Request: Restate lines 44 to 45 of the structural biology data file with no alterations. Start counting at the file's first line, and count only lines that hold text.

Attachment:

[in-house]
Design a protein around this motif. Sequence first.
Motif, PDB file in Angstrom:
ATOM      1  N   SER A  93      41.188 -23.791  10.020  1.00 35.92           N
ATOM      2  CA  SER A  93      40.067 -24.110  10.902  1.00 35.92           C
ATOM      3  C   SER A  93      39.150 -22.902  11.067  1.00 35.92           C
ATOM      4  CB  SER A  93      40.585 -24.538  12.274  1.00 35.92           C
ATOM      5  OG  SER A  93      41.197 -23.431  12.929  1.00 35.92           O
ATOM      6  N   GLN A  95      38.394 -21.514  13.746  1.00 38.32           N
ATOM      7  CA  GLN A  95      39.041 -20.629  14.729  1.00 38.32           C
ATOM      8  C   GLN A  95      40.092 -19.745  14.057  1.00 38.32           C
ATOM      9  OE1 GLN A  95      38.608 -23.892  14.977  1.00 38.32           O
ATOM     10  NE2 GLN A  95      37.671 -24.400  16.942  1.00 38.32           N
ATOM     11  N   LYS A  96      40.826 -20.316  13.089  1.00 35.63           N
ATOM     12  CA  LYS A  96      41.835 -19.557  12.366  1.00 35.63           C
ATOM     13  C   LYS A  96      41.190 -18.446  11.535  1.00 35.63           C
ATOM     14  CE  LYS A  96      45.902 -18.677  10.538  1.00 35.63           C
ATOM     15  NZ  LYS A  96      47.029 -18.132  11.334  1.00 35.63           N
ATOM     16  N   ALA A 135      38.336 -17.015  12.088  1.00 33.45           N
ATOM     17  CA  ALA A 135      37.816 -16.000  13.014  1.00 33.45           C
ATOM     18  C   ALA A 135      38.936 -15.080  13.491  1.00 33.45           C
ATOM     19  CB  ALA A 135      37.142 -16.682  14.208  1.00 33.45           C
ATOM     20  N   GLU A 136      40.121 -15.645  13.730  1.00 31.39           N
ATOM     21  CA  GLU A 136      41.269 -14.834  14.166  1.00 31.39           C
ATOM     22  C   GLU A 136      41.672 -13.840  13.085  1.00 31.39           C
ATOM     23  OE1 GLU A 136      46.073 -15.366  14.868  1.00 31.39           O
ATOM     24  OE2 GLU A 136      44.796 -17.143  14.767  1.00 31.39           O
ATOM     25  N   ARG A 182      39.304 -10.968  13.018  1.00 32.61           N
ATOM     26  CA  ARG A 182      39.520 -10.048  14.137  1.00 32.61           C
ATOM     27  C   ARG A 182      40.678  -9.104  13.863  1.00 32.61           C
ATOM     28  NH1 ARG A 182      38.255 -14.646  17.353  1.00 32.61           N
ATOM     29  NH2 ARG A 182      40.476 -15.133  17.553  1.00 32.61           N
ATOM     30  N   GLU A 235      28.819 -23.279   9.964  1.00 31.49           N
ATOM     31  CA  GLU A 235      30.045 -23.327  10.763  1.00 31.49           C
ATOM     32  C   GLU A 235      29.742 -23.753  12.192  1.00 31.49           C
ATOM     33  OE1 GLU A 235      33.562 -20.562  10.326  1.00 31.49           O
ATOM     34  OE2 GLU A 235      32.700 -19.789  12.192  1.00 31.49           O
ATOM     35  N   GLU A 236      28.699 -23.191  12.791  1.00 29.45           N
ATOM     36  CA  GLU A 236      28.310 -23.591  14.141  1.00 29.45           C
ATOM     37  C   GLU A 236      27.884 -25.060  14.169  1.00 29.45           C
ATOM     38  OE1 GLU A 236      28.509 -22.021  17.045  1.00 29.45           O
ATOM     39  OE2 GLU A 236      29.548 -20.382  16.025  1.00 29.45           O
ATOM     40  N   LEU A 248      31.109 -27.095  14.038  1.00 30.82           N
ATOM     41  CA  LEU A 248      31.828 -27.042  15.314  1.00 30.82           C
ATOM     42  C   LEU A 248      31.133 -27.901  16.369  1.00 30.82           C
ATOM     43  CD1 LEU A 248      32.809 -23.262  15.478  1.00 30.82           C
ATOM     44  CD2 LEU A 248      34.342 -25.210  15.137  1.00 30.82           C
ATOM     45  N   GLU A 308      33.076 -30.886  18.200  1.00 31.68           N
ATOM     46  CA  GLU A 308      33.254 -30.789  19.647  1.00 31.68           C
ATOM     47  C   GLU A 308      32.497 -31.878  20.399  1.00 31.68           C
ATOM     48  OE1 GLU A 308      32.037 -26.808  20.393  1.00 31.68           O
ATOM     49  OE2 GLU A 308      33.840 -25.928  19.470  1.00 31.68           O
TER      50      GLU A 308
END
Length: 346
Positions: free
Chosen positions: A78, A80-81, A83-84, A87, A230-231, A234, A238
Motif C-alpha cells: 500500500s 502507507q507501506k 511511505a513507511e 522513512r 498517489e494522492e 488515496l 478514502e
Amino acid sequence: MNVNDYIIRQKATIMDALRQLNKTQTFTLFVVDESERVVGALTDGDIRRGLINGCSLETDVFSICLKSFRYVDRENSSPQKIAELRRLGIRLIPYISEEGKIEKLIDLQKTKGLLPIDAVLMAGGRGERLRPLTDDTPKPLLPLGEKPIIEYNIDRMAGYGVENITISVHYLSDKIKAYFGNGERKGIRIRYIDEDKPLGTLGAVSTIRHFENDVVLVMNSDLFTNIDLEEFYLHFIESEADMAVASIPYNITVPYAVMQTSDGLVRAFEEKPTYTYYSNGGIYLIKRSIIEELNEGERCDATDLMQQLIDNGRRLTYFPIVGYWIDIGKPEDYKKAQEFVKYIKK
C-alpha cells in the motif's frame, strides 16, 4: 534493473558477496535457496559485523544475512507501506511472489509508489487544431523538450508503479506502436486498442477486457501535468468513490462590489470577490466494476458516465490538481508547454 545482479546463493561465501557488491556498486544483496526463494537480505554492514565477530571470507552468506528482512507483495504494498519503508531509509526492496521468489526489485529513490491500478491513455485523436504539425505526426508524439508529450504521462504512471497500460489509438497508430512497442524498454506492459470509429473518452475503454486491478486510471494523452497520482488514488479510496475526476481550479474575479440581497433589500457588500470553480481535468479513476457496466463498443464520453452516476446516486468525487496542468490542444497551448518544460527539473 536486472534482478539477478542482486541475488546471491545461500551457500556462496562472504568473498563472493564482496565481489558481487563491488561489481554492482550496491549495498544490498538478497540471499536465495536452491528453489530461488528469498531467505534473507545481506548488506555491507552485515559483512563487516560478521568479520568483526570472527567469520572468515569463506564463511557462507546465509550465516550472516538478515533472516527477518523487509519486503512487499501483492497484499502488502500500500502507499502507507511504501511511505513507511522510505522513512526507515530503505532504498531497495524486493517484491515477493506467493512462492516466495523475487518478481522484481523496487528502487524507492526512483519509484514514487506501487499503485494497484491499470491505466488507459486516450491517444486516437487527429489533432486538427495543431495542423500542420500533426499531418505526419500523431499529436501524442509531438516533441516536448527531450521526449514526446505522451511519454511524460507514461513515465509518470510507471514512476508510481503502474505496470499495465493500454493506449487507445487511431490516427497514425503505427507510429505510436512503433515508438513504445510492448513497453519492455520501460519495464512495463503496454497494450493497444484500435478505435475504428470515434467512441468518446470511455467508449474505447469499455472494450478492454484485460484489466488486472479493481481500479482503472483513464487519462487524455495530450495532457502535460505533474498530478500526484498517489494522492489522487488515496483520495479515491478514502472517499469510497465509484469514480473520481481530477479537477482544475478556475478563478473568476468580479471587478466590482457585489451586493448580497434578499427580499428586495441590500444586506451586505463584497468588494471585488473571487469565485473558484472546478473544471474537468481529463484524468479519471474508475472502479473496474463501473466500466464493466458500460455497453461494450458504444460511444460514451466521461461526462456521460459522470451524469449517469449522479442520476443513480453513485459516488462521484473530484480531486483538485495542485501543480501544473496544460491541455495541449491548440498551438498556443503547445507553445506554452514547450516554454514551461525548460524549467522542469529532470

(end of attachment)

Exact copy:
ATOM     41  CA  LEU A 248      31.828 -27.042  15.314  1.00 30.82           C
ATOM     42  C   LEU A 248      31.133 -27.901  16.369  1.00 30.82           C